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EDITORIAL: Prime minister Imran Khan inaugurated this year’s tree plantation campaign by planting a sapling in the Jilani Park of Lahore, one of the world’s most polluted cities. Voicing a common lament, he said, the city’s tree cover had reduced by 70 percent during the last 13 years. As a result, the usual winter season fog has been replaced by smog - a killer that causes all sorts of life threatening diseases. Notably, the day he expressed this lament Lahore was engulfed in a thick blanket of smog with the air quality index soaring to a hazardous 470 mark. The tree plantation drive in the city is to cover 51 Miyawaki urban forests – named after a Japanese botanist who introduced a new concept of building forests ten times faster and 30 times denser than usual. The PM is also to kick off a massive olive trees plantation drive which, as per the technical advice, he said he had received, can be grown on the right side of the River Indus. This initiative is aimed at starting local production of olive oil - a healthier alternative to most imported edible oil varieties - to reduce the import bill.

Trees, needless to say, are the best defence against environmental pollution and effects of global warming that this country has been experiencing during the last many years. They not only absorb carbon and generate oxygen but also regulate precipitation, help arrest desertification, preserve ecosystems, and decrease the impact of floods that have become a regular occurrence. Sadly, instead of growing more trees the existing forests have been mercilessly destroyed. As the PM noted, the forests of Chhanga Manga, Kundian in Mianwali as well as those in Deepalpur and Chichawatni have been denuded without a care for environmental consequences. The story in other provinces is not any different. The new plantation campaign has appropriately been promoted under the slogan “Plant before it’s too late.” To create a better awareness, Khan has asked provincial governments to involve students of schools, colleges, and universities in the activity so they know it is about securing their own future. He also called for business people’s participation in the Miyawaki project through donations, though he could not suppress the urge to say that they were usually reluctant to pay due taxes on their incomes.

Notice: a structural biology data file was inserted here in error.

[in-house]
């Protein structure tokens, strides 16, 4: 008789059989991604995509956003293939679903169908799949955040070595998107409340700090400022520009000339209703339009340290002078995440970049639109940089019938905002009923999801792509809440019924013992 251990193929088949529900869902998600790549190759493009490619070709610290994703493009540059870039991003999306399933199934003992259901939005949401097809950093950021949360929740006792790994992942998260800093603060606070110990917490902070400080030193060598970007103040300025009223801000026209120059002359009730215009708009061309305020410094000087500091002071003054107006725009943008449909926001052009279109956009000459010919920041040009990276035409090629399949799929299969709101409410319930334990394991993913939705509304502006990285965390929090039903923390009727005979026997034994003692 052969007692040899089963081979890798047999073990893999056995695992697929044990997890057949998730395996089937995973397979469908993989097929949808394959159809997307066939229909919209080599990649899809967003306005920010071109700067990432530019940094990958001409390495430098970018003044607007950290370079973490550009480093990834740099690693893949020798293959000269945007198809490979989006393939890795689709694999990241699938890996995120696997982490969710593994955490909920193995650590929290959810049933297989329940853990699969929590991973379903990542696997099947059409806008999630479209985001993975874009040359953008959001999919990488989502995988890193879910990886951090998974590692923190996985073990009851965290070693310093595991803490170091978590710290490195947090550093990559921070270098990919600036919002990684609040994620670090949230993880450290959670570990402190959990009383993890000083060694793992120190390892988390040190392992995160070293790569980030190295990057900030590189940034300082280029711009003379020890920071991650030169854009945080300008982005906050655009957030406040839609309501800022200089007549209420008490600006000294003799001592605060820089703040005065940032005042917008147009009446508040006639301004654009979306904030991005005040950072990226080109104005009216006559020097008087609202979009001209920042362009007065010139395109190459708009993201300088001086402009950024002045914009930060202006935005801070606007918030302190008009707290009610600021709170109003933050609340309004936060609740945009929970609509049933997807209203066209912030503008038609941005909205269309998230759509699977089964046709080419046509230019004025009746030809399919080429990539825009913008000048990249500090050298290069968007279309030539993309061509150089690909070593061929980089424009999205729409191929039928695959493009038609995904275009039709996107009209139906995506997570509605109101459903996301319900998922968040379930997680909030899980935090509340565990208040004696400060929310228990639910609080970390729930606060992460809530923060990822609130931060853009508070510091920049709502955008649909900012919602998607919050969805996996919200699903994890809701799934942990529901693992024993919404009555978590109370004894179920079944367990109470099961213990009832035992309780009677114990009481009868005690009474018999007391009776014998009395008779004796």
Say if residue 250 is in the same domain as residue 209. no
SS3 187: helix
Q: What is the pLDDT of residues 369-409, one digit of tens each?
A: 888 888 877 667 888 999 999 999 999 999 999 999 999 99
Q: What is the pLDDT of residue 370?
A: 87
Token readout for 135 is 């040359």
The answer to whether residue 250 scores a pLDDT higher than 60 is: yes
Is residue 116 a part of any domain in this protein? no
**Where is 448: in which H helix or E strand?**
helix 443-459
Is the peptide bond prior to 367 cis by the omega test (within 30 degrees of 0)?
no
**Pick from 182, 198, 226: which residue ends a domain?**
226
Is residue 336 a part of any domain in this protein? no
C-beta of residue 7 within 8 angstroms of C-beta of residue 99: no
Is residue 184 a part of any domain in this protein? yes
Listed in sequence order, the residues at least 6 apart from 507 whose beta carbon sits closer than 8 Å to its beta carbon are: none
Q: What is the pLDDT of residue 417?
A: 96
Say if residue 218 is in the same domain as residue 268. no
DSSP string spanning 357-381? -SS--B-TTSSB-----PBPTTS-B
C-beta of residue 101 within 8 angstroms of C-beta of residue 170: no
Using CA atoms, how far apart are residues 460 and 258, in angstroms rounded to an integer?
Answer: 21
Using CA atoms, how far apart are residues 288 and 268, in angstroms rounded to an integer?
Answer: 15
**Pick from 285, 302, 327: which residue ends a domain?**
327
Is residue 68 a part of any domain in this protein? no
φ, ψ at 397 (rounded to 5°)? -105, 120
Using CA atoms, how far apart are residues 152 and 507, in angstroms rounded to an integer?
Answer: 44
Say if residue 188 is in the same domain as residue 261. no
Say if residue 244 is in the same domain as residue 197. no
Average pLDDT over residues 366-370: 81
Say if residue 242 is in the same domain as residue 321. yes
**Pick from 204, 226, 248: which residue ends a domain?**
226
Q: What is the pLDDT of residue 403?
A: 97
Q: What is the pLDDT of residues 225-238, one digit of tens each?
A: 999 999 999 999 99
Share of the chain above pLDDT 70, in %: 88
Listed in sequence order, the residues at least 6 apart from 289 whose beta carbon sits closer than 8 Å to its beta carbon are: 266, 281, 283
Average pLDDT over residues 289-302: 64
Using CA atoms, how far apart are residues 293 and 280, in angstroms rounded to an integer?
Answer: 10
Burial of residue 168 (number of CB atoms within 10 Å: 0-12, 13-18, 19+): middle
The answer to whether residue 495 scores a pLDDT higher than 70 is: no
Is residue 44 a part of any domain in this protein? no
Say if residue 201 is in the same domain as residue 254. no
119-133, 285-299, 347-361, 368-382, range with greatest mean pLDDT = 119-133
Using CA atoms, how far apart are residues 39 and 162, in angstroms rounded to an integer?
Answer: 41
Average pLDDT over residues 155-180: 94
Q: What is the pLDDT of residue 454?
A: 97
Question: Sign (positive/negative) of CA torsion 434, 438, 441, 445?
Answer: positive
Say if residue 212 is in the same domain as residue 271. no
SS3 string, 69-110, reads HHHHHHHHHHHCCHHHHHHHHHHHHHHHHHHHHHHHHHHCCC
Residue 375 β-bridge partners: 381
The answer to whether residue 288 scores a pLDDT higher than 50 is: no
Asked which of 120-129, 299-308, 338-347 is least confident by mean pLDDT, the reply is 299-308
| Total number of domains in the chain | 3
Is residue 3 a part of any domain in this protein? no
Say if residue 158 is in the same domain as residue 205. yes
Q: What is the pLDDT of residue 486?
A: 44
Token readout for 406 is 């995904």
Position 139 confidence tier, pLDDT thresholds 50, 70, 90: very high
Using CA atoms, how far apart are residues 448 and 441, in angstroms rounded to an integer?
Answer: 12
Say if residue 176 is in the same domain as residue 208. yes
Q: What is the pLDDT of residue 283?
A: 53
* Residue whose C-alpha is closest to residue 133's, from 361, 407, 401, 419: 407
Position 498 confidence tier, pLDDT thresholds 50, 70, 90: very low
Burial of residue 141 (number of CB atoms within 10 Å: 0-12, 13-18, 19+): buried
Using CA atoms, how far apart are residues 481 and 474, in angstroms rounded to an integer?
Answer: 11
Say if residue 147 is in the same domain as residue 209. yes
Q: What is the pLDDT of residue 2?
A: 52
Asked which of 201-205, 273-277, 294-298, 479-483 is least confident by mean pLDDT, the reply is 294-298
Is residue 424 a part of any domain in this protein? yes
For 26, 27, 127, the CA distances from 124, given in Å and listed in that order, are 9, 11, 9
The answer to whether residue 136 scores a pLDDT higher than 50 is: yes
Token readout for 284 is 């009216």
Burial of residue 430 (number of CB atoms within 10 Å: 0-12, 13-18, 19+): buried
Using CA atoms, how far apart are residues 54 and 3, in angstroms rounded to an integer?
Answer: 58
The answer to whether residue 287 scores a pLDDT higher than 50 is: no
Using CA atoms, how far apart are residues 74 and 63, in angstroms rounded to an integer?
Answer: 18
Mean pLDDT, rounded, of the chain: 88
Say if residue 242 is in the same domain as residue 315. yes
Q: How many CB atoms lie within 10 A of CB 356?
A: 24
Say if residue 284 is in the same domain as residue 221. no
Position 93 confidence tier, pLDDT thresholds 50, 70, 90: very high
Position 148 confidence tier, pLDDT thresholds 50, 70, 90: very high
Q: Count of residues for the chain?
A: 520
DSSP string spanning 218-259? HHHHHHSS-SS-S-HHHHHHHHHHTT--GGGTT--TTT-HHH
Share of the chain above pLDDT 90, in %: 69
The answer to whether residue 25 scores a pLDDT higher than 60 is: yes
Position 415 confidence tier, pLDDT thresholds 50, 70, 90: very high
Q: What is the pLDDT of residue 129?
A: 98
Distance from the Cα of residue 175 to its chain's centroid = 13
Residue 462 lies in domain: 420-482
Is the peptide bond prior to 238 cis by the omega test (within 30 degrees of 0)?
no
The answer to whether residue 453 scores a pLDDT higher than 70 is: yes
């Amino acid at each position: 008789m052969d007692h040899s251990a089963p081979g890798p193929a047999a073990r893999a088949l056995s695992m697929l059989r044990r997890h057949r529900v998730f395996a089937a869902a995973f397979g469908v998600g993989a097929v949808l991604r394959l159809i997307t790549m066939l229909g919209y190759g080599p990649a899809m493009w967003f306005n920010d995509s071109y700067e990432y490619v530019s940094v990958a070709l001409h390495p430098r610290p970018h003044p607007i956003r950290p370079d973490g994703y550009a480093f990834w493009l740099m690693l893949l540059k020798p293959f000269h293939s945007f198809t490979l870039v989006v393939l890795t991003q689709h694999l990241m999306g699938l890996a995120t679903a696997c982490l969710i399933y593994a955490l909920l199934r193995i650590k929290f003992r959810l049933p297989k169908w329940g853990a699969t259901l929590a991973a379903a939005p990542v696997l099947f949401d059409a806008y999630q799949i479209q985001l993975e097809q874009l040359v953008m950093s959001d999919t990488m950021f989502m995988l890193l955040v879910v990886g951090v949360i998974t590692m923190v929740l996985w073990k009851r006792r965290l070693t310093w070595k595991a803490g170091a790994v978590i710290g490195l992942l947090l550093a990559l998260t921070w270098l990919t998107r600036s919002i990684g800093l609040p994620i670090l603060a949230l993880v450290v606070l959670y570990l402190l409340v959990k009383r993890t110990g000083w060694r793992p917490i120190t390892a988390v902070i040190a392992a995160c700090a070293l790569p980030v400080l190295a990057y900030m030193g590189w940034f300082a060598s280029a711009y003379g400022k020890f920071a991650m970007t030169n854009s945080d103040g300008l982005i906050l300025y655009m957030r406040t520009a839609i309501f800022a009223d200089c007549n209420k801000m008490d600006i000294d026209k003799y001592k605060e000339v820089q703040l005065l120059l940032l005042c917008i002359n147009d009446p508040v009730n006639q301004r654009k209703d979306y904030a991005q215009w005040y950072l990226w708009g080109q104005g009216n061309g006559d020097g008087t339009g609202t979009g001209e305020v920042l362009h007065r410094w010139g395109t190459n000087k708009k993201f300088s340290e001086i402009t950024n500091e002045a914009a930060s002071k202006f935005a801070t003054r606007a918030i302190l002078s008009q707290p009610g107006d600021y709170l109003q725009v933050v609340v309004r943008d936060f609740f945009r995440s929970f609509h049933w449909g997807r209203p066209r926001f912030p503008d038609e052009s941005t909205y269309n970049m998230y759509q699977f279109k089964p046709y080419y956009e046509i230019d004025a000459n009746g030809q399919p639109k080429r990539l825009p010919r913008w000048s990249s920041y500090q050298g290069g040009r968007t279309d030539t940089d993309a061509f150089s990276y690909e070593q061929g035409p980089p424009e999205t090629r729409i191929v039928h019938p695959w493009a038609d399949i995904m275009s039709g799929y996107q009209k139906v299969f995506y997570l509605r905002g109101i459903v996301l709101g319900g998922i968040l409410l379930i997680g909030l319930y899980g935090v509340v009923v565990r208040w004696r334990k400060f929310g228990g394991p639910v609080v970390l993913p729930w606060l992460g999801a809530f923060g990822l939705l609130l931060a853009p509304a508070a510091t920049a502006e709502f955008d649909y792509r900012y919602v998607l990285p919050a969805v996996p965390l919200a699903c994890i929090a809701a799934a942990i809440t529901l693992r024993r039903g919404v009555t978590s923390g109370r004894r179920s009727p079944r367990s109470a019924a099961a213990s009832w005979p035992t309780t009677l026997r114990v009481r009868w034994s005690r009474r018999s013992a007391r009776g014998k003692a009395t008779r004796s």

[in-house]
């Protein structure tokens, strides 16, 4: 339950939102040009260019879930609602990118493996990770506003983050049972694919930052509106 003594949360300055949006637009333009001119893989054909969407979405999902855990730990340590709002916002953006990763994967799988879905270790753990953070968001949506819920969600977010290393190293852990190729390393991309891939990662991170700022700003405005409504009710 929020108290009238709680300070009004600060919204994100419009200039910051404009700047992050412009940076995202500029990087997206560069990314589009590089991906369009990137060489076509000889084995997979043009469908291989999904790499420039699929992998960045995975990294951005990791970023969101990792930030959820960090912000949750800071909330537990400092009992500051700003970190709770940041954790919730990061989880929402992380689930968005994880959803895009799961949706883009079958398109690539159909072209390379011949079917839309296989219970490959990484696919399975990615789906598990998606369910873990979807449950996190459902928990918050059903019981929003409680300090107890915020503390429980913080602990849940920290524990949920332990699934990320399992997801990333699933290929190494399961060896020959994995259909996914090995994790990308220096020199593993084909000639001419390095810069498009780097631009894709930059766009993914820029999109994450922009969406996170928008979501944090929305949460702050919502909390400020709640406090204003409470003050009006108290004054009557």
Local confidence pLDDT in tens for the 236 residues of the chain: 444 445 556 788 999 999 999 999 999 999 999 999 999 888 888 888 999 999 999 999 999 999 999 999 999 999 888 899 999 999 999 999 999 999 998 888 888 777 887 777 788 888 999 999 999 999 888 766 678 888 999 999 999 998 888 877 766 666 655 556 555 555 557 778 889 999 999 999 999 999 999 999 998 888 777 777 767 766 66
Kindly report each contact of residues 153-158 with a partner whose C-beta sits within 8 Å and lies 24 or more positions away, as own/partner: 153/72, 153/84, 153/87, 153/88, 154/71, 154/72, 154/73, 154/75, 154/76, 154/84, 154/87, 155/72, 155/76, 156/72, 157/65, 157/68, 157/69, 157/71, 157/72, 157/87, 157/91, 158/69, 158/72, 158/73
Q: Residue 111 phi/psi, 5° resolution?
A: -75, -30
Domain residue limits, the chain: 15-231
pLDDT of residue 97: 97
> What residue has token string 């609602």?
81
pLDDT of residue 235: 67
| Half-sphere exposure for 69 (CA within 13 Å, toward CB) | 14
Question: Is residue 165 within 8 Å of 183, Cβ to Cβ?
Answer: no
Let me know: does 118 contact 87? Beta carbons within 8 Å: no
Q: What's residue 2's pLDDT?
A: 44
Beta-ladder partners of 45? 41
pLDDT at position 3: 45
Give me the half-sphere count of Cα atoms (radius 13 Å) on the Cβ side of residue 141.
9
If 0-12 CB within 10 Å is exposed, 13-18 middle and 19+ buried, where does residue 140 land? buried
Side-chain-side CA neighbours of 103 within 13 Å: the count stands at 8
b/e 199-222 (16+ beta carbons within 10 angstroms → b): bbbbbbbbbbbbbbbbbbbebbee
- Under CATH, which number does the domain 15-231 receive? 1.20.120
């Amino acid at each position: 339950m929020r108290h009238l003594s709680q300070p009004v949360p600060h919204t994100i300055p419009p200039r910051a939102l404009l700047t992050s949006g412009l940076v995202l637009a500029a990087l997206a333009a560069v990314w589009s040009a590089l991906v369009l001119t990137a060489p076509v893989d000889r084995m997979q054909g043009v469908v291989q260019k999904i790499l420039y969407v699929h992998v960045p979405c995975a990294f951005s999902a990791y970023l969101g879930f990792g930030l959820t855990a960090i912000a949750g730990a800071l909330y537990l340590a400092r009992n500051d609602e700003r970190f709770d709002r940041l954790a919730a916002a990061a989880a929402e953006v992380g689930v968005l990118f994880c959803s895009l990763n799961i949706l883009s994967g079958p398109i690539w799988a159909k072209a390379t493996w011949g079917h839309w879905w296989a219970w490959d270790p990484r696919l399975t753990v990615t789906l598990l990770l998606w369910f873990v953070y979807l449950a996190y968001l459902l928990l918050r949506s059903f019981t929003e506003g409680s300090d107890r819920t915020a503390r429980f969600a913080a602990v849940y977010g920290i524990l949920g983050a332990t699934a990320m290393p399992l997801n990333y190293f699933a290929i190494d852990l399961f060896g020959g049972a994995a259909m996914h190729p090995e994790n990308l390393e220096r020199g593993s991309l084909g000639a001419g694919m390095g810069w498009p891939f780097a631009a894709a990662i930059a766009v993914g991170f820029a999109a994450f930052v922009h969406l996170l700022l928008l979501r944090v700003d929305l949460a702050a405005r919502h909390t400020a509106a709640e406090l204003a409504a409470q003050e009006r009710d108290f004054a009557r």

Creditably for Imran Khan he has shown a serious commitment to combat environment pollution. His parry‘s government in KP started a ‘billion trees tsunami’. And soon after becoming PM he launched the “100 billion trees” drive. Two major sources of pollution being vehicular traffic running on substandard gasoline, and industries failure to act socially responsible, he also announced several measures to rid Lahore in particular and other parts of the country in general of pollution. These included allowing only the sale of high grade Euro - 4 motor gasoline to be upgraded to Euro-5 after a year; three-year time for oil refineries to upgrade their plants in accordance with new emission standards; import of stubble removal machinery and provision of assistance to brick kilns –the two big contributors to smog in Lahore- for switching over to a safer zigzag technology; and certain concessions for the polluting industries to control hazardous emissions. Two years on, as the air quality index showed on Friday, smog still blights the atmosphere in Lahore. Along with the Miyawaki project, which will take time to come to fruition, the government needs to focus its attention on making all polluters comply with the required standards.

Copyright Business Recorder, 2021